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Jacob deGrom is starting to look like his old self again

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One of the Mets' aces, deGrom struggled early in the season, but he appears to be back on track.

Pittsburgh Pirates v New York Mets Photo by Jim McIsaac/Getty Images

The Mets figured that they would live and die by their starting rotation this season, and while Noah Syndergaard and Steven Matz have exceeded expectations, the two theoretical bedrocks, Matt Harvey and Jacob deGrom, looked awful at times. Both seem to be settling in now, though, and deGrom continued to look good in his start on Tuesday.

deGrom missed a start in April thanks to some right lat trouble, and his performance upon his return wasn't great. In a six-start stretch from April 24 through May 21, he only struck out 16% of the hitters he faced and walked 7%. His velocity was down on all pitches, particularly early in the season, compared to last year. This was not the Jacob deGrom Mets fans were used to seeing.

Since then, however, deGrom is looking like his old self again. He has struck out 35 and walked six in his last four starts, and his velocity is steadily climbing back up. He’s getting guys to bite on his curve and changeup, as whiff percentages on both pitches have spiked in the last few weeks.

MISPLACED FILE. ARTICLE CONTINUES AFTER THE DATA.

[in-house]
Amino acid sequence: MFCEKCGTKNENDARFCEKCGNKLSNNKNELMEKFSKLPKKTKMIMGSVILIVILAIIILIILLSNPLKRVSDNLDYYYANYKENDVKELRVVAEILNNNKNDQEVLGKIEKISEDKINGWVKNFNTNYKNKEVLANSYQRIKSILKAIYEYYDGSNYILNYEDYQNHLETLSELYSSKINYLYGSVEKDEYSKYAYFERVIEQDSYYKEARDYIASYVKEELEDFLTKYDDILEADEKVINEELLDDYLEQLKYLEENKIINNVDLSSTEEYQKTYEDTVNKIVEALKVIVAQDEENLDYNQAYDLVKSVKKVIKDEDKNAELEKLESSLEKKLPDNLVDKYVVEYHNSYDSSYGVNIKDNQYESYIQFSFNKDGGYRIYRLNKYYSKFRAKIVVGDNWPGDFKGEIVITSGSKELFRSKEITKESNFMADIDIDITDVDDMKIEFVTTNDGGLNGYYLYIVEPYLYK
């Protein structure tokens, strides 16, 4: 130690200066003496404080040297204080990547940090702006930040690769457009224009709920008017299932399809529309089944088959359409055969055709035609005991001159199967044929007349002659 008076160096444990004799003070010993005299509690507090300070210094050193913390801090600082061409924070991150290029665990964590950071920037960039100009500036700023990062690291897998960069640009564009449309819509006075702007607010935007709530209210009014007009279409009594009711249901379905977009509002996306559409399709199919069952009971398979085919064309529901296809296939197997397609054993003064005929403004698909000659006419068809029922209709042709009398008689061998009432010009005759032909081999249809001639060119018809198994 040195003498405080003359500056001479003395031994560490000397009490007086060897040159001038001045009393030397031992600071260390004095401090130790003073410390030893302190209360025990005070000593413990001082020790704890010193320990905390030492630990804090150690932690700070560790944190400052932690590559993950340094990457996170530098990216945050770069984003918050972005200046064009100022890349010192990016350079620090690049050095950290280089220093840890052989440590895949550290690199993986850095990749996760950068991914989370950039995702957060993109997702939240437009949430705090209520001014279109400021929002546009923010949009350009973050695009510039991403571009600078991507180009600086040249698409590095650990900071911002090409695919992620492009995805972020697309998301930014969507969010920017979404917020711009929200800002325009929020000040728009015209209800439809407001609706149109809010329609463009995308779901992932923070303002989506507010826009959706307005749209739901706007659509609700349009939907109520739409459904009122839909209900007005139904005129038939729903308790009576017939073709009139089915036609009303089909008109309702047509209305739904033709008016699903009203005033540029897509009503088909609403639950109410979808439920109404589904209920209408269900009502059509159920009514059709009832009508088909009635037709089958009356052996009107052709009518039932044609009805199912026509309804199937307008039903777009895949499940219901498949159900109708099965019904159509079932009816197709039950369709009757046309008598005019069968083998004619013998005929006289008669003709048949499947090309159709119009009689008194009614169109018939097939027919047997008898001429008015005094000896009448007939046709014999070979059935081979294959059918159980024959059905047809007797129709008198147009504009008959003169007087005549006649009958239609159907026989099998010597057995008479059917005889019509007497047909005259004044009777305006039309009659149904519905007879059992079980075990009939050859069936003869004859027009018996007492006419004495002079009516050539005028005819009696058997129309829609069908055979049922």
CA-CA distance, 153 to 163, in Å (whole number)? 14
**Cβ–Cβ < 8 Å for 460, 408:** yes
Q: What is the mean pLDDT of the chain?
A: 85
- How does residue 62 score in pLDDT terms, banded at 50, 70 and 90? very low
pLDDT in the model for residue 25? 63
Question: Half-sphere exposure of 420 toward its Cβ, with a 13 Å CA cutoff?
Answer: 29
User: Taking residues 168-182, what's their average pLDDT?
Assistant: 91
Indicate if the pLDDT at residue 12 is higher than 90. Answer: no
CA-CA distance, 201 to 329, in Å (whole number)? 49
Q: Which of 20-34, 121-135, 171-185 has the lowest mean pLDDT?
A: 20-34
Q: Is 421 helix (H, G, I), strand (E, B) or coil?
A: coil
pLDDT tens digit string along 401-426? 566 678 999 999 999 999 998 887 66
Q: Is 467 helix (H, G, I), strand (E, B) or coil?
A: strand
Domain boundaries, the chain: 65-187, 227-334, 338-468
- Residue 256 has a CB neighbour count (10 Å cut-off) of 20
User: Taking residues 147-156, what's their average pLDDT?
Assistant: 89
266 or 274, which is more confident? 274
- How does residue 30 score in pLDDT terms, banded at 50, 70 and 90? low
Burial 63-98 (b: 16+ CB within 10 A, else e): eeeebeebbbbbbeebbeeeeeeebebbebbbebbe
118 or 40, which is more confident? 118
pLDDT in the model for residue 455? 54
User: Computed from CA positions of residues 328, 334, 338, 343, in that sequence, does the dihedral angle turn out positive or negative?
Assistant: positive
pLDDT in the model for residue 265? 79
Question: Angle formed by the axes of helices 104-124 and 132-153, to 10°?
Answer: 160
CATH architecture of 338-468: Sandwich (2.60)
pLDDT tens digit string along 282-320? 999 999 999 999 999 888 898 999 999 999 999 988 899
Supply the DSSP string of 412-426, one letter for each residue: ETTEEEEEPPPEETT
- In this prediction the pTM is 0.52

For the season, deGrom's 2.82 ERA ranks 17th in baseball among qualified starting pitchers, and his 2.97 FIP ranks 13th. And his 3.49 Deserved Run Average—a Baseball Prospectus stat that properly weights hits and takes the effects of park, defense, quality of opposition, pitch framing, and control of the running game into account—makes him a top-30 starter in all of baseball for the first time all season. Mets fans can collectively breathe a sigh of relief.

The funny thing is that there was probably no huge reason to worry about deGrom. Overall, his average exit velocity and launch angle on batted balls is exactly the same as last year—better than average in both categories. deGrom was always likely to come around after his injury. The rebounding velocity seems to confirm this.

His vertical release point nails the point home. deGrom was releasing the ball about 1-2 inches lower on all pitches in April and May than he was at the end of last season. He’s bringing it back up to 2015 levels in the last four starts. It’s not crazy to think that a nagging lat muscle—which gets a lot of work in a pitcher’s delivery—would affect how and where deGrom throws the ball. Thankfully, that appears to be behind him.

deGrom still needs to work on command. He worked seven three-ball counts against the Pirates on Tuesday. He has yet to throw more than seven innings this season, and he’s averaging almost 16 pitches per inning. That said, if his velocity and release points keep creeping up and his batted ball stats remain steady, he will be fine. All signs point to the return of the Jacob deGrom we all know and love.